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Once described as a "George Clinton meets Prince in a Glasgow nightclub sound," the music of Mike Slott and Hudson Mohawke under their Heralds of Change moniker pulls from a range of styles here, with soul singer OlivierDaySoul on vocals, adding some hip-hop flavor to this funk-driven track.
Vanese Smith, a.k.a. Pursuit Grooves makes an intimate, tender version of boom-bap, and the style has served her well over the last year. The astro-beat maker has been compared to the likes of Dilla, Cameo, the Bling 47 crew, and others, and Jay Scarlett selected a track from her Fun Like Passion album for his recent Beat Dimensions compilation on Rush Hour.
What's not to love about a band that recorded its debut album in an all-ages, downtown L.A. venue called The Smell, on obscure equipment as old as the club itself? HEALTH has been cultivating such eccentricities as this since its inception, sharing the bill with friends like No Age, The Mae Shi, and even helping Crystal Castles find its 8-bit sound on a split 7". This version of "Triceratops" comes form a new remix collection based on the group's September 2007 self-titled full-length.
The four members of Pissed Jeans are obsessed with avoiding what they call the "Straight World," a "shallow, soul-sucking vortex," and every second of their music is a testament to this. "I've Still Got You" is somewhere between hardcore and hard rock, and calls to mind sweaty, underground rock clubs where people tear their shirts off and stage dive to make cathartic statements about the world that surrounds us.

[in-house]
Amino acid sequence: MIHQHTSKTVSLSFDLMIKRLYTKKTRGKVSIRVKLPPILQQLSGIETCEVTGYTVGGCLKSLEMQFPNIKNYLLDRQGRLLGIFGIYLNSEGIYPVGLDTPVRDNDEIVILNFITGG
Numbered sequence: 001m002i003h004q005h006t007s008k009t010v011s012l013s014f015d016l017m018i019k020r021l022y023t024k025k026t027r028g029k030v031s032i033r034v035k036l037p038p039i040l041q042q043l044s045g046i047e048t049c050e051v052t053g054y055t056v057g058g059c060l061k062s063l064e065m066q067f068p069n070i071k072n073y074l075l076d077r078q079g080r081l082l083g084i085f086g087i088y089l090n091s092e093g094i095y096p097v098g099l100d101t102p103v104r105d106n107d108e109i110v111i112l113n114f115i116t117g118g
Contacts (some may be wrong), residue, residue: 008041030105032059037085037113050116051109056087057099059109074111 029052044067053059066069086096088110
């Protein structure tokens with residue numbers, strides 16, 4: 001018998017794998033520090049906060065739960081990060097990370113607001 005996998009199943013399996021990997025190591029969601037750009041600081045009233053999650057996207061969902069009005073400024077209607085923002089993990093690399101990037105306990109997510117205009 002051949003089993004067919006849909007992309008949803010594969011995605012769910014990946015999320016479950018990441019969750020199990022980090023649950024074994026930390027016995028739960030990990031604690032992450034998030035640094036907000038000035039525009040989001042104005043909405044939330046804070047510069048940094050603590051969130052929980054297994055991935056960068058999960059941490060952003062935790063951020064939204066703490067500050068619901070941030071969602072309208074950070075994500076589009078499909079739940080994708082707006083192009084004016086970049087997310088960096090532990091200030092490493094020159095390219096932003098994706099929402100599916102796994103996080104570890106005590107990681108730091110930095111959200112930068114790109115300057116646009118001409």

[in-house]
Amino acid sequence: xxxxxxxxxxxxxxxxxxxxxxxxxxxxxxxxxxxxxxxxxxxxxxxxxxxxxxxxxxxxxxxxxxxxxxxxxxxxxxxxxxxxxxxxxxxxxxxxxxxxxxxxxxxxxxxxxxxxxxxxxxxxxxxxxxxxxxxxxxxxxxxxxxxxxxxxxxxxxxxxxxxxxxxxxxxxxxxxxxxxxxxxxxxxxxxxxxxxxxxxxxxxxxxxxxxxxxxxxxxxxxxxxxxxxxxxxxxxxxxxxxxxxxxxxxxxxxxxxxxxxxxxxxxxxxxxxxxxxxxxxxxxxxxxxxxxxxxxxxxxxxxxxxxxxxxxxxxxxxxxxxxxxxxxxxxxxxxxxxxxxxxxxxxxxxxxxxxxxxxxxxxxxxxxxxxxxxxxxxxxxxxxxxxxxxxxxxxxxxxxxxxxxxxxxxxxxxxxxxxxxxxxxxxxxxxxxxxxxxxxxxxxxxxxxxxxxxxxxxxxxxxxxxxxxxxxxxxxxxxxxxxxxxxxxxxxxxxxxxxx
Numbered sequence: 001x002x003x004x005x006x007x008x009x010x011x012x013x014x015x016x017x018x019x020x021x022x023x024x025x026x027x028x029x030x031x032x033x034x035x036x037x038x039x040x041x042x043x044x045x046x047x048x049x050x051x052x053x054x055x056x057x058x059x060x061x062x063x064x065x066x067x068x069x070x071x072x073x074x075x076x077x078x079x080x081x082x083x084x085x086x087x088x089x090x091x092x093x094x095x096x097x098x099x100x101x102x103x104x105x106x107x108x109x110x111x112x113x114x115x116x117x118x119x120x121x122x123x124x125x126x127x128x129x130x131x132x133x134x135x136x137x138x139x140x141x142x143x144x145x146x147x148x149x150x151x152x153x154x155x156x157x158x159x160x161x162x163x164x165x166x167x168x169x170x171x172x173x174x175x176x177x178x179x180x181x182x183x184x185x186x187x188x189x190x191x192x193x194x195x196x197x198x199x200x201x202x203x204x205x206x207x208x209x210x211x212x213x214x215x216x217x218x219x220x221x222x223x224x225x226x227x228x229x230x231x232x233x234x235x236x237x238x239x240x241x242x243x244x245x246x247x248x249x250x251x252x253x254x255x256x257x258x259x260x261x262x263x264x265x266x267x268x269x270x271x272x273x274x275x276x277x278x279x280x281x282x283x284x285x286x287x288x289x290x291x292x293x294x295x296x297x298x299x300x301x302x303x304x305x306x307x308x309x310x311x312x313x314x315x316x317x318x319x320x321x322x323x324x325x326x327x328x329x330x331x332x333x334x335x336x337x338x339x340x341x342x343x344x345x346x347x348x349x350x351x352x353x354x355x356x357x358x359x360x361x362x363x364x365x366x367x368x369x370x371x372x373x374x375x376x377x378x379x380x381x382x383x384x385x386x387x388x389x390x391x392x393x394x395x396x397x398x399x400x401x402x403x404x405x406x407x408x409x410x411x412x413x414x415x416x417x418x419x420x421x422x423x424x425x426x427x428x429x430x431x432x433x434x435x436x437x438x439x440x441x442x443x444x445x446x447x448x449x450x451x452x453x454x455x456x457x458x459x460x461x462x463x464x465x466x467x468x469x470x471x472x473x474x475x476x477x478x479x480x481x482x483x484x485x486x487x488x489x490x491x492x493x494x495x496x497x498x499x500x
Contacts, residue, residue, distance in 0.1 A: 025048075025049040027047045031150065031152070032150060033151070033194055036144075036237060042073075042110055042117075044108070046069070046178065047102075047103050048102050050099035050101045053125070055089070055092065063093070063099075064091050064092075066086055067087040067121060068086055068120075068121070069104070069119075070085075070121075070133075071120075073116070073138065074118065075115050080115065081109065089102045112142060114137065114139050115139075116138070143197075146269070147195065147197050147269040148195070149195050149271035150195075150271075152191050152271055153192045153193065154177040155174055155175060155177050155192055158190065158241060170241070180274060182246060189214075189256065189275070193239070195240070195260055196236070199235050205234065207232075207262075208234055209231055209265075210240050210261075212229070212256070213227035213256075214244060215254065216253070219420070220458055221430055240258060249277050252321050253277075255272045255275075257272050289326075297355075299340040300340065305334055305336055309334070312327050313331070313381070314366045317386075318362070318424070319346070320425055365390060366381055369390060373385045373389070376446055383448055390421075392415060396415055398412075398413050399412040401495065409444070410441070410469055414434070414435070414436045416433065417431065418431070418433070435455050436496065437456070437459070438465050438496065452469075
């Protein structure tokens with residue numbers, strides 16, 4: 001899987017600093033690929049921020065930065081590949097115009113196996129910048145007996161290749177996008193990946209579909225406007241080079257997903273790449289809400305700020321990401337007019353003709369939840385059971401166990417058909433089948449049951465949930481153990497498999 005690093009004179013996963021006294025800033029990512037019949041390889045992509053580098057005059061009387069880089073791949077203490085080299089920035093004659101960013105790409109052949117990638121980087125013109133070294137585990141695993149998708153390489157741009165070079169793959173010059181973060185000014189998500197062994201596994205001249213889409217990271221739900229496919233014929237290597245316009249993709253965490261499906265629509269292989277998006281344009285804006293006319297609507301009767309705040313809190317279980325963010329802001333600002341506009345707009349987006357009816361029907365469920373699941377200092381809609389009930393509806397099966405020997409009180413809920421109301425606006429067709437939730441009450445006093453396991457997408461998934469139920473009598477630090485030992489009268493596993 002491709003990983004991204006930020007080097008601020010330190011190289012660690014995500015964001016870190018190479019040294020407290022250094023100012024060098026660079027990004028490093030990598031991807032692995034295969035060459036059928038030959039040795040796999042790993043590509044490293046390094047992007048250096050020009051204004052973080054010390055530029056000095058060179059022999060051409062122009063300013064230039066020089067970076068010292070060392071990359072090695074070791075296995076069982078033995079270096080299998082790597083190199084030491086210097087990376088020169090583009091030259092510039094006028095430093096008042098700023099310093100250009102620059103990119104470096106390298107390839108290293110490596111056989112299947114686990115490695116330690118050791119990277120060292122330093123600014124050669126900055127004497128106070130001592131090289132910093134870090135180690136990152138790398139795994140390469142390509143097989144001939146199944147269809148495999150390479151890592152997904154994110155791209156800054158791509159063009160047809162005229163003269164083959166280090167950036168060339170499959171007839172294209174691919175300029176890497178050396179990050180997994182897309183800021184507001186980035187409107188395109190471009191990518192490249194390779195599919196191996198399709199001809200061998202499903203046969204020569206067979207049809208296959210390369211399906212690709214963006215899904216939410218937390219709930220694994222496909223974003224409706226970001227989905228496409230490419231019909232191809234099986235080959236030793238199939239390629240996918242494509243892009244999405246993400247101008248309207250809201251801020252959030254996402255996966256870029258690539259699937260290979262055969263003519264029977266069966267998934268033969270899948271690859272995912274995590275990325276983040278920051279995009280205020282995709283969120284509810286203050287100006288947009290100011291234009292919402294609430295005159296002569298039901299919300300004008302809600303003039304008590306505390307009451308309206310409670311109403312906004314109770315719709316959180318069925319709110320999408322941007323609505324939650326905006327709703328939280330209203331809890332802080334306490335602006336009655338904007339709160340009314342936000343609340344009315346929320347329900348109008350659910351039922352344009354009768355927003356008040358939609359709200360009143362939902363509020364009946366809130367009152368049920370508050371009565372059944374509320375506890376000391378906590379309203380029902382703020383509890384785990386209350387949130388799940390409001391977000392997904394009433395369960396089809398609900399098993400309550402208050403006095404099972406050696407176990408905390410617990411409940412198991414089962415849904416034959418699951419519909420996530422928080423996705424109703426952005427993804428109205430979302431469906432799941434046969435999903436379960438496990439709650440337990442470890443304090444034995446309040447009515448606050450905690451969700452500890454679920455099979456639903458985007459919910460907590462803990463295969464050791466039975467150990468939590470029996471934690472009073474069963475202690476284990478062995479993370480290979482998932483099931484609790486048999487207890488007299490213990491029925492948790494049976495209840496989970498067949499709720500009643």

When faced with the problem of how one makes indie hip-hop sound fresh, many artists look backwards to the boom-bap of the genre's golden age. Not so for Baltimore-based trio Food For Animals. Rappers Vulture V and Hy bounce lyrics back and forth while Ricky Rabbit's fractured beats provide a futuristic, sometimes puzzling, but always interesting foundation for the tracks.
Until the release of My Last Day earlier this year, Kim Hiorthøy hadn't released an album in seven years. It seems, however, that his hiatus was not in vain. The Norwegian producer came back with an album that blends his trademark folktronica with jumpy synth riffs and disco beats, thus proving him worthy of a place among both leftfield and electro artists.
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